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Richard Spear
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Saturn's blue Polar Vortex, taken by Cassini on Apr 26 2017 during its daring dive between Saturn and its rings. Processed by me. This is a true-color image!

Let's get to the burning question: Why is Saturn's North Pole BLUE?!?!

Well, first, Saturn's far larger polar hexagon has exhibited a notable change in color, going from bluish to gold in the past couple of years. This is due to Saturn's north pole turning sunward (ie, it's becoming summer in Saturn's north). This caused an increase in haze in its atmosphere, which caused a change in its hue.

Now, the blue eye! Saturn's polar hexagon is a giant storm, and the blue eye is like the eye of a storm, where skies would be clear. So what you are seeing in here is Rayleigh scattering---the same reason Earth's skies are blue. So, basically, physics ;)

Here's a blog post by Phil Plait on the daring dive, and in it, you'll find my processed image, as well as the guide I used to process mine: http://www.blastr.com/2017-4-28/cassinis-first-deep-dive-above-saturns-clouds

Here's another blog post by Tom Yulsman featuring my image, as well as an image Jason Major processed (he's way better than I am at this), where you'll find a cool GIF showing you the RGB frames, followed by the image you get when you put them together (and tweak it a bit): http://blogs.discovermagazine.com/imageo/2017/04/28/first-true-color-images-of-saturn-taken-during-cassini-close-dive-to-saturn/#.WQOB89LyvIU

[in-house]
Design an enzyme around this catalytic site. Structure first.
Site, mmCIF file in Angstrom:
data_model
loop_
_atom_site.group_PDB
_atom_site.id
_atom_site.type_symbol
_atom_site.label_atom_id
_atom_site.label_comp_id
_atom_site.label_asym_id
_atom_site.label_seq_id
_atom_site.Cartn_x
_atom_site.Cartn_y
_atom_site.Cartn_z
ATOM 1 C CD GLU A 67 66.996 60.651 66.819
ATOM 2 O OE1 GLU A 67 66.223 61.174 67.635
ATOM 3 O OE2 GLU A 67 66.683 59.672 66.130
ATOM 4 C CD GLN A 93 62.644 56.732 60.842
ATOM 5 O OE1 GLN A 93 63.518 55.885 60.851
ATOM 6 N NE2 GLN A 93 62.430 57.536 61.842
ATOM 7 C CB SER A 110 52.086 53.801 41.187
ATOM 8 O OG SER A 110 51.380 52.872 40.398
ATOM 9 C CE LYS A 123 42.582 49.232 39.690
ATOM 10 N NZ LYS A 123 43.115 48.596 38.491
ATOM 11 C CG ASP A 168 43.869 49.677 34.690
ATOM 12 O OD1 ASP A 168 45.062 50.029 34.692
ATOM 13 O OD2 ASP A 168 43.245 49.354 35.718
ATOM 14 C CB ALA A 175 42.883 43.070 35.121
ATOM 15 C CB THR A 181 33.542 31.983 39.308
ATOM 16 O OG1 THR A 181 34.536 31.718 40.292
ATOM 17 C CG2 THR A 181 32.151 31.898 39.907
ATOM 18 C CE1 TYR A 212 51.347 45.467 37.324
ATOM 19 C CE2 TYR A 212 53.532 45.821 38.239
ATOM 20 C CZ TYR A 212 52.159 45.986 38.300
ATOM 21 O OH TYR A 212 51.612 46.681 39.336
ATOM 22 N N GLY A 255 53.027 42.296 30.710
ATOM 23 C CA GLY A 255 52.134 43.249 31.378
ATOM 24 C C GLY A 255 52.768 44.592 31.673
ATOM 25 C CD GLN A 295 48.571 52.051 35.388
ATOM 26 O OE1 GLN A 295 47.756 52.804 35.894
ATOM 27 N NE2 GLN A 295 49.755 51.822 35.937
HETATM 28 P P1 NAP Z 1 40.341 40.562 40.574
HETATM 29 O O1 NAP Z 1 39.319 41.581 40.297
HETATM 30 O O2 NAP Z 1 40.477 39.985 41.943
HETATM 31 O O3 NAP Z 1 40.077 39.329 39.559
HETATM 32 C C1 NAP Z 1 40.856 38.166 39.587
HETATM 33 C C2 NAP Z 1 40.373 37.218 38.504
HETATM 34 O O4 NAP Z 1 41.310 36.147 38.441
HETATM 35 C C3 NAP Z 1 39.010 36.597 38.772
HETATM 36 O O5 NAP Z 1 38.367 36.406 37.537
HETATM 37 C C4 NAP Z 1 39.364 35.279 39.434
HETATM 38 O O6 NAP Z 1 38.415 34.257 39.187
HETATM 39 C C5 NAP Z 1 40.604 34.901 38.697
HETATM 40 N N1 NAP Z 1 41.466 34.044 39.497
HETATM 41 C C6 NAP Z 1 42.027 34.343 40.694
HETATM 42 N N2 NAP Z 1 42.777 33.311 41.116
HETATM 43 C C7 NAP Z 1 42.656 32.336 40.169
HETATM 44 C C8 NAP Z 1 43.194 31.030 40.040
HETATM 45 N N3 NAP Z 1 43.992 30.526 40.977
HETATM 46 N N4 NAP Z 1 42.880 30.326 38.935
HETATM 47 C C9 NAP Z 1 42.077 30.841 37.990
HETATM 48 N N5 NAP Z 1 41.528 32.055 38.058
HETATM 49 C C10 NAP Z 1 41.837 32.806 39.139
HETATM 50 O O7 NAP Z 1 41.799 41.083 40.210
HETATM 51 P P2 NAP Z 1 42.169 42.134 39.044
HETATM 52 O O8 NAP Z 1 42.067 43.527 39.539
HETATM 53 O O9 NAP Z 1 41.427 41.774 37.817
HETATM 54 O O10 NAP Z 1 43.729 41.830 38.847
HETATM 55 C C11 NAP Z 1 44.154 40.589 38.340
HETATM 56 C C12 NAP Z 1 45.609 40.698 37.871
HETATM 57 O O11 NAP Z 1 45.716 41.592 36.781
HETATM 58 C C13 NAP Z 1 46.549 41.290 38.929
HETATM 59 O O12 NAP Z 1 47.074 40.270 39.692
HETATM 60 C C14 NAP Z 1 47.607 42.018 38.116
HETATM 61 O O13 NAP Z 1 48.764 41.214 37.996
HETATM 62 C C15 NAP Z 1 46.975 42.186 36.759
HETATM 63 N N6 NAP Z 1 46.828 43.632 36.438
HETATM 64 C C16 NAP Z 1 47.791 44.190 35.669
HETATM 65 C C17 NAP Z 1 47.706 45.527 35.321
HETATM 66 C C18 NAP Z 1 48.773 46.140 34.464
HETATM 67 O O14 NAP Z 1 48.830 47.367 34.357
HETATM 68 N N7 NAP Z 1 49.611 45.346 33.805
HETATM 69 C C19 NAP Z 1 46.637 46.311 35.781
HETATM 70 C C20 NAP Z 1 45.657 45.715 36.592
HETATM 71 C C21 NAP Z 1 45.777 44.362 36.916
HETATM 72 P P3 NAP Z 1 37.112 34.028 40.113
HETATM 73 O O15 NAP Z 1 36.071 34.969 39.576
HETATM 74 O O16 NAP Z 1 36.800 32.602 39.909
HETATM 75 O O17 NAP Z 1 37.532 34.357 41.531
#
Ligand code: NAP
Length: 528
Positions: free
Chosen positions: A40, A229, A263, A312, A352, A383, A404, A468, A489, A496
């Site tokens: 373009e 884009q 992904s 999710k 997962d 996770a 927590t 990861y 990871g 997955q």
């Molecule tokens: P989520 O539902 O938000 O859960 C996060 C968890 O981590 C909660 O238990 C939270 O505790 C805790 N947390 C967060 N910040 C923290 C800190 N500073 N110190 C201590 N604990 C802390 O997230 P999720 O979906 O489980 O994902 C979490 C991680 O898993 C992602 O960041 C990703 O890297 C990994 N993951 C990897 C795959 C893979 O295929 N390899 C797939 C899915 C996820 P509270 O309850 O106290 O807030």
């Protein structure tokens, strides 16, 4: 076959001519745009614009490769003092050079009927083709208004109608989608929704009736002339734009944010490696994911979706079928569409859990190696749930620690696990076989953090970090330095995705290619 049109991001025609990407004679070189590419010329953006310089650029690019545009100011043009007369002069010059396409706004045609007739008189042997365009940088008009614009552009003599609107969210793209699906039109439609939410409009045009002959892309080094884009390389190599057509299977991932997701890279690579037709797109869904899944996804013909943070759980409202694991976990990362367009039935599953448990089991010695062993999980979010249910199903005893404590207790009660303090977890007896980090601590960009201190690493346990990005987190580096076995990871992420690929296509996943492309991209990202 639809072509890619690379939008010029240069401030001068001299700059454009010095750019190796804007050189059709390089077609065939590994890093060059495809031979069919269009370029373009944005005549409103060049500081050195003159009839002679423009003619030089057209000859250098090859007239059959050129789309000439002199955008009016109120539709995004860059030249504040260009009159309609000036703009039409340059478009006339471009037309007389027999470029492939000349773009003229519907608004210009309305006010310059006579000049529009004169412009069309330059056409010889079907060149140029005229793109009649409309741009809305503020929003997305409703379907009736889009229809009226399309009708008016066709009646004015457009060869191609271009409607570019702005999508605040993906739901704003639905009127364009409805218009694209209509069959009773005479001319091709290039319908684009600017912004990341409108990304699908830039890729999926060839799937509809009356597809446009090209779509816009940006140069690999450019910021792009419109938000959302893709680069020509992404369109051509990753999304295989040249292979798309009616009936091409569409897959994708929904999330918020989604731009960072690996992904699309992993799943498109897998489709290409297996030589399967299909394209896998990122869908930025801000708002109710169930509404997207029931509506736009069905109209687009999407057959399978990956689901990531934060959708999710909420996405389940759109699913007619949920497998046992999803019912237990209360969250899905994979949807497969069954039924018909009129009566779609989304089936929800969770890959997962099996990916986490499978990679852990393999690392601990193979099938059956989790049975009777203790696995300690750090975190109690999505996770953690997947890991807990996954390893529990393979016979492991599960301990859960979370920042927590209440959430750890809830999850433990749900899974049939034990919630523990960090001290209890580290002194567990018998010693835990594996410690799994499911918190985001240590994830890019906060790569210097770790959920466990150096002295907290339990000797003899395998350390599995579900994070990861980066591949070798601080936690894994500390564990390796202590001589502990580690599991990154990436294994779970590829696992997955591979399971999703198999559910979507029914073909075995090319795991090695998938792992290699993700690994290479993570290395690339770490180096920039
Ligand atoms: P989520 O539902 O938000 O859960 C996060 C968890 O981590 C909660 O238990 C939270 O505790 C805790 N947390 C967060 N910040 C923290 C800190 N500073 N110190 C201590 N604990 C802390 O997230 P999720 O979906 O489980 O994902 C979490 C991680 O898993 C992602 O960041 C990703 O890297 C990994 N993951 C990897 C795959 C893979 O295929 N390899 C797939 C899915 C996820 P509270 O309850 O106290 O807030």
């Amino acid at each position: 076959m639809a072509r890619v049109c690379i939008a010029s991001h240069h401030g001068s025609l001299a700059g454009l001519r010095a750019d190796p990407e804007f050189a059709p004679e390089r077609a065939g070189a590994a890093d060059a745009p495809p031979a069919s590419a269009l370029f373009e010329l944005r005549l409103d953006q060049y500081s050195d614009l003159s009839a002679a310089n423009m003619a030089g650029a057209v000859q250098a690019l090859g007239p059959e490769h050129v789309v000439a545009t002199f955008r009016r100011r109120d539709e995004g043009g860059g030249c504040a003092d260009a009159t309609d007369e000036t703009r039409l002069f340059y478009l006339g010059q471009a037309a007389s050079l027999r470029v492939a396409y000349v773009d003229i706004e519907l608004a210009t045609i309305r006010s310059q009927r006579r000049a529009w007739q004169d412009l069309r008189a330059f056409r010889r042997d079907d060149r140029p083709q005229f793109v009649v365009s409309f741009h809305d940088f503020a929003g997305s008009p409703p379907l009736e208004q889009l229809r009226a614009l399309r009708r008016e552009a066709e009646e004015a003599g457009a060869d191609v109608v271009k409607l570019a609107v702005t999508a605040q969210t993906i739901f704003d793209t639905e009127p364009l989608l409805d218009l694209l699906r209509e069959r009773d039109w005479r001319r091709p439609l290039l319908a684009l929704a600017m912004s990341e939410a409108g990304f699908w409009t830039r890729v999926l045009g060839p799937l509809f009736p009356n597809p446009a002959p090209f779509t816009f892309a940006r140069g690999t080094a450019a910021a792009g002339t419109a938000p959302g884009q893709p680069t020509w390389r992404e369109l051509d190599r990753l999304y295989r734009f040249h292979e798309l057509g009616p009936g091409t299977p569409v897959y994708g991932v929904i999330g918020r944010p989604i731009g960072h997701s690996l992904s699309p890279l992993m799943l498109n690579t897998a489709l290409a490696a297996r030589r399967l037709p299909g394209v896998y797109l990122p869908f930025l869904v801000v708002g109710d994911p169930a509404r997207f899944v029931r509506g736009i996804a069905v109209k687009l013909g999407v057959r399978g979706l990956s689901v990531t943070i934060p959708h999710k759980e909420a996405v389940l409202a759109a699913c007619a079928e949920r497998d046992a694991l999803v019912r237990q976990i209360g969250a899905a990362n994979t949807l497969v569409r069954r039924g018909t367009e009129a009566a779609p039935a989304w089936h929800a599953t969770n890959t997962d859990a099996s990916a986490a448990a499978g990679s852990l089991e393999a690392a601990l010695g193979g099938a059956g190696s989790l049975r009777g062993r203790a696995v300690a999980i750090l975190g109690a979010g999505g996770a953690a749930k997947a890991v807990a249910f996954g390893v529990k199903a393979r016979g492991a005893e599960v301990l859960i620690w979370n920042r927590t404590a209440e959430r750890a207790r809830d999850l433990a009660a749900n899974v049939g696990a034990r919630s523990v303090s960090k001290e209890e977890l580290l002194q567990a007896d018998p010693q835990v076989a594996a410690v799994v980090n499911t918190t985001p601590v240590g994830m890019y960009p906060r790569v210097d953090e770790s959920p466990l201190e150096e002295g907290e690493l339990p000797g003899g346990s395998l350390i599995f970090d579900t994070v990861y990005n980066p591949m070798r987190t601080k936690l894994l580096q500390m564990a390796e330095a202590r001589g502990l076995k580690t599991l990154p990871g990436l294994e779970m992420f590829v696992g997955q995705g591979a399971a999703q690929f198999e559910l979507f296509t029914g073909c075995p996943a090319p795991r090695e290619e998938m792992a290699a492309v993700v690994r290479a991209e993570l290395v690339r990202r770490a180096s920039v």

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This galaxy--with its bright bursts of star formation--blends into the background somewhat thanks to the gloriously bright star hogging the limelight next to it. Details: https://www.nasa.gov/image-feature/goddard/2017/hubbles-bright-shining-lizard-star
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This unprocessed image shows features in Saturn's atmosphere from closer than ever before. The view was captured by NASA's Cassini spacecraft during its first Grand Finale dive past the planet on April 26, 2017.

Credits: NASA/JPL-Caltech/Space Science Institute
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Archaeology shocker: Study claims humans reached the Americas 130,000 years ago

Some 130,000 years ago, scientists say, a mysterious group of ancient people visited the coastline of what is now Southern California. More than 100,000 years before they were supposed to have arrived in the Americas, these unknown people used five heavy stones to break the bones of a mastodon. They cracked open femurs to suck out the marrow and, using the rocks as hammers, scored deep notches in the bone. When finished, they abandoned the materials in the soft, fine soil; one tusk planted upright in the ground like a single flag in the archaeological record. Then the people vanished.

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